Staff Publications

Staff Publications

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    'Staff publications' is the digital repository of Wageningen University & Research

    'Staff publications' contains references to publications authored by Wageningen University staff from 1976 onward.

    Publications authored by the staff of the Research Institutes are available from 1995 onwards.

    Full text documents are added when available. The database is updated daily and currently holds about 240,000 items, of which 72,000 in open access.

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Record number 497453
Title Profiting from external knowledge: the impact of different external knowledge acquisition strategies on innovation performance
Author(s) Wubben, E.F.M.; Batterink, M.H.; Kolympiris, C.; Kemp, R.G.M.; Omta, S.W.F.
Source International Journal of Technology Management 69 (2015)2. - ISSN 0267-5730 - p. 139 - 165.
DOI http://dx.doi.org/10.1504/IJTM.2015.071552
Department(s) Management Studies
WASS
Publication type Refereed Article in a scientific journal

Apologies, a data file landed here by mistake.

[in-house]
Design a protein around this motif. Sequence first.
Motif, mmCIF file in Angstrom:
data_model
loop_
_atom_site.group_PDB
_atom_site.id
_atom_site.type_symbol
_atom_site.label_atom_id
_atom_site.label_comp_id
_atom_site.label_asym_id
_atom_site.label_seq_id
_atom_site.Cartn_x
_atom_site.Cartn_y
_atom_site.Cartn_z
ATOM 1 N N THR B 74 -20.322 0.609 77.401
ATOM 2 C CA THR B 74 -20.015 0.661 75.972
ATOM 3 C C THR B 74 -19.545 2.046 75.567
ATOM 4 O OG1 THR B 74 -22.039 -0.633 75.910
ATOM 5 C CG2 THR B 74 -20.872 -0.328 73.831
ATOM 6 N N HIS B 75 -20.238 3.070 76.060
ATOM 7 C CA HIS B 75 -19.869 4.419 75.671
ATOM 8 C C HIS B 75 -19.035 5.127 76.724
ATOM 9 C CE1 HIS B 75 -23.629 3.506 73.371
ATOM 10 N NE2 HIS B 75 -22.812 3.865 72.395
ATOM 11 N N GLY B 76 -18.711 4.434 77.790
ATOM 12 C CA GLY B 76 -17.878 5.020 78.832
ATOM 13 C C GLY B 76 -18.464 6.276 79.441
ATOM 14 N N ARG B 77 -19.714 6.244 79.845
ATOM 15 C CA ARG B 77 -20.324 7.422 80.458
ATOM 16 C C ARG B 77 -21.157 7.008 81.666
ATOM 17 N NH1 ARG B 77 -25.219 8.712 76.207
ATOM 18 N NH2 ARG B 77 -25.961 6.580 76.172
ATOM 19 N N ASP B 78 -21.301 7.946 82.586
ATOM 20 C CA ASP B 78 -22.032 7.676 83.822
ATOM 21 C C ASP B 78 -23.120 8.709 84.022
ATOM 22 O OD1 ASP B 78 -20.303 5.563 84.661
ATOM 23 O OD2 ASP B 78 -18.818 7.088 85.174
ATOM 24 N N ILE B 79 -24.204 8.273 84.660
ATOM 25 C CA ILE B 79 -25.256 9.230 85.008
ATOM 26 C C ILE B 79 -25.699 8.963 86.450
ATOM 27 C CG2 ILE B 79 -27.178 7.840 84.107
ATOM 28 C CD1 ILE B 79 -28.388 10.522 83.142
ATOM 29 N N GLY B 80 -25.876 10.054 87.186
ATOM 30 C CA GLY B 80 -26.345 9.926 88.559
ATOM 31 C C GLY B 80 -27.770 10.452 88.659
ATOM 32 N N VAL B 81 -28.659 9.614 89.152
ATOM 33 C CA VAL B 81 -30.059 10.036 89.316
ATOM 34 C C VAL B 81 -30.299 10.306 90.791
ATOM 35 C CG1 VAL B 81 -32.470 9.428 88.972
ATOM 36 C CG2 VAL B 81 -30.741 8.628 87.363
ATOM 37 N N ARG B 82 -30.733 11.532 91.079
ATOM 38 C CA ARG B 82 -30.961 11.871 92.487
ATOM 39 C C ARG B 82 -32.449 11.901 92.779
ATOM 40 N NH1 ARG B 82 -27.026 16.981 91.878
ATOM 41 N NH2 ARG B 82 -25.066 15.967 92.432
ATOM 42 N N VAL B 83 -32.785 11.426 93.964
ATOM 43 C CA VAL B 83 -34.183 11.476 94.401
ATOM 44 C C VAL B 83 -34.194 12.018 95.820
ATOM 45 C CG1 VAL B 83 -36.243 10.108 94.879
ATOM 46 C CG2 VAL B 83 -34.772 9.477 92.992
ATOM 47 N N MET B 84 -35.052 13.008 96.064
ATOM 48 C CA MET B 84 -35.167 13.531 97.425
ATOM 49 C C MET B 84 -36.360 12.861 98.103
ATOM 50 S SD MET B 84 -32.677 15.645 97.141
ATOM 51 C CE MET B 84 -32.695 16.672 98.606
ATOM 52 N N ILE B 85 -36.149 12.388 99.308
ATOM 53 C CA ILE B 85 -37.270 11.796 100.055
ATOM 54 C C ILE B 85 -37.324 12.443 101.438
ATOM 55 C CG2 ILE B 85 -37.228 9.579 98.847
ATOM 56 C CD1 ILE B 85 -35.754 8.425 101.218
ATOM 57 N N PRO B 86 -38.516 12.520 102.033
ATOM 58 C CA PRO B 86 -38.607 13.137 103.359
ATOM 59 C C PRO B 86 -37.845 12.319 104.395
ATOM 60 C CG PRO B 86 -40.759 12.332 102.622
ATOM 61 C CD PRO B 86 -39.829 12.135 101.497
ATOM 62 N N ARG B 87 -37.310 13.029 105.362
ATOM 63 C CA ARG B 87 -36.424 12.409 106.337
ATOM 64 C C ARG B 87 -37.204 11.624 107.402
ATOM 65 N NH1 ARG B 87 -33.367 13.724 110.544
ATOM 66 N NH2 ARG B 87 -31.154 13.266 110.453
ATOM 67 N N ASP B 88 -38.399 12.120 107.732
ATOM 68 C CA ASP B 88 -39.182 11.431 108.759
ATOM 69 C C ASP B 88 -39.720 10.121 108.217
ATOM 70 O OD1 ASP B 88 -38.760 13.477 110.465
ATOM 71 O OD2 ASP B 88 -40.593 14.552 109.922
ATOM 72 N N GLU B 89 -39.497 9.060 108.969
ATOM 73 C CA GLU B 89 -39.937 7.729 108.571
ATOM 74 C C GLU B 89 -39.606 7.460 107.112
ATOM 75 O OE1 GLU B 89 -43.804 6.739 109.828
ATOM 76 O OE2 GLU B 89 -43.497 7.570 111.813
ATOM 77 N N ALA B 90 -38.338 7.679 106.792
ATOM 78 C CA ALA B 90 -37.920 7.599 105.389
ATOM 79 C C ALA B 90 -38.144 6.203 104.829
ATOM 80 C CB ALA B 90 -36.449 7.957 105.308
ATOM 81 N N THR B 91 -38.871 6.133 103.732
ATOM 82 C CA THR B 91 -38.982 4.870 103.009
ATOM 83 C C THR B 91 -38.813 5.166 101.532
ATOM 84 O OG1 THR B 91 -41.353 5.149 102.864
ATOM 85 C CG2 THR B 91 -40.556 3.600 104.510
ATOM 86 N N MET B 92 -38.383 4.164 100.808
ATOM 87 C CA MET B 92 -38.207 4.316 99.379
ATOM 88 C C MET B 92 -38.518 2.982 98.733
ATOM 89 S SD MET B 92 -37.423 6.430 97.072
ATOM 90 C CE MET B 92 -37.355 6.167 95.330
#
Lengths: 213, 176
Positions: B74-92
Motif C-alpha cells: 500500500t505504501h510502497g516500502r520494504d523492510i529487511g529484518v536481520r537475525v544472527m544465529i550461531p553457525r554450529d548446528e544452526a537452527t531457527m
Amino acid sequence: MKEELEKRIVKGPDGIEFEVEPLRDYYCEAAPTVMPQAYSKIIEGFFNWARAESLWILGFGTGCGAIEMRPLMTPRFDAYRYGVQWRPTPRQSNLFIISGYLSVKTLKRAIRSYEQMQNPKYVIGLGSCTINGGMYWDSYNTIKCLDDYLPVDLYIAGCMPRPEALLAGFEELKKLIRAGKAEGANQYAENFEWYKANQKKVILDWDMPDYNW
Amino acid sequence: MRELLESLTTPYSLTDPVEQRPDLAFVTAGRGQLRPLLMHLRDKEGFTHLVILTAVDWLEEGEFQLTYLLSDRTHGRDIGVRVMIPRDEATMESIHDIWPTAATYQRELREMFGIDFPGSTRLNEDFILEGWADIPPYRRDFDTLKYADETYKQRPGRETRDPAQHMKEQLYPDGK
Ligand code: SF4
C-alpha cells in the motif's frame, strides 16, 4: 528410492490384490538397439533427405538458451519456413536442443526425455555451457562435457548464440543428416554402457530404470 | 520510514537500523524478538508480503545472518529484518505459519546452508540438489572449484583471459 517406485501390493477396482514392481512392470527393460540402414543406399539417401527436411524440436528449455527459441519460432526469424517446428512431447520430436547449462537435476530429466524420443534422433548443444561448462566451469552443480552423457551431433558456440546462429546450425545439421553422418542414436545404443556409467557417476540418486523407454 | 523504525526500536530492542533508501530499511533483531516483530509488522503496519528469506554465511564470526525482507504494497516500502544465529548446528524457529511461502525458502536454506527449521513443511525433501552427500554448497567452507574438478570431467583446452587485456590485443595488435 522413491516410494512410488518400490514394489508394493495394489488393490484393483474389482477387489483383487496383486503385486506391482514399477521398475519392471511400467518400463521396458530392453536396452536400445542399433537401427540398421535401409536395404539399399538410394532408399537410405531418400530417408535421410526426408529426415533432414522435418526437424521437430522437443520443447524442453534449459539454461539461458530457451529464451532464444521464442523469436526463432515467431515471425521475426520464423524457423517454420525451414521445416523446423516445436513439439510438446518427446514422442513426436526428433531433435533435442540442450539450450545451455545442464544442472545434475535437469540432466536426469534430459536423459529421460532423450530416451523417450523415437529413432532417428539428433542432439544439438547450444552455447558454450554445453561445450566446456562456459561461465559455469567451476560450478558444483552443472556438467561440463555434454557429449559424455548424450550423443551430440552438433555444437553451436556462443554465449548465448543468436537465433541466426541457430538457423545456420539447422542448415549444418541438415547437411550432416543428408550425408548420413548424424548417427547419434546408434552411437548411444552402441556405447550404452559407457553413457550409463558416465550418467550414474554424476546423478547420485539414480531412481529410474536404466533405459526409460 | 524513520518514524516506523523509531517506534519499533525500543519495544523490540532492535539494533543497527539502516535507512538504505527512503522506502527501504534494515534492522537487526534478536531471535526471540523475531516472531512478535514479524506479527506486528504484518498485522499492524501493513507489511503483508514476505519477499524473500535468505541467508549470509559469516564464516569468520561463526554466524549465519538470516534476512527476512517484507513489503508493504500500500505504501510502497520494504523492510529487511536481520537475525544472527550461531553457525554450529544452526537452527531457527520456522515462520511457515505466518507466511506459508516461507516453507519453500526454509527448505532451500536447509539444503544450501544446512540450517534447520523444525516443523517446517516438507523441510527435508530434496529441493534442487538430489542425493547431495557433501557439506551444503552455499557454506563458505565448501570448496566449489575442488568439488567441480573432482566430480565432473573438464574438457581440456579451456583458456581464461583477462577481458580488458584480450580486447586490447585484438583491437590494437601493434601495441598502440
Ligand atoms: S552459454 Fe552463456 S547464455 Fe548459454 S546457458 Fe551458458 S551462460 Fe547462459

Publication year 2015
Keyword(s) licensing-in, inter-organisational collaboration, mergers and acquisitions, M&amp, #38, A, longitudinal study, knowledge acquisition, innovation performance, technology management, external knowledge, knowledge exploration, knowledge exploration, The Netherlands, radical innovation, incremental innovation
Abstract Innovation is key to company growth, but hinges on timely access to new knowledge. Individual companies have difficulty pursuing innovation and acquiring the knowledge they need on their own. Companies therefore resort to various governance modes (licensing-in, collaborations, mergers and acquisitions, etc.) that suit the preferred innovation trajectories. We expect governance modes directed at knowledge exploration to generate long-term, radical innovations, and governance modes aimed at knowledge exploitation to generate short-term, incremental innovations. Employing data from two Dutch community innovation surveys, we indeed discovered that companies that license in technology tend to produce more incremental innovations. We also found a strong positive correlation between inter-organisational collaboration and both long-term and short-term innovation. Finally, we concluded that M&As have a major impact on the production of long-term radical innovations.
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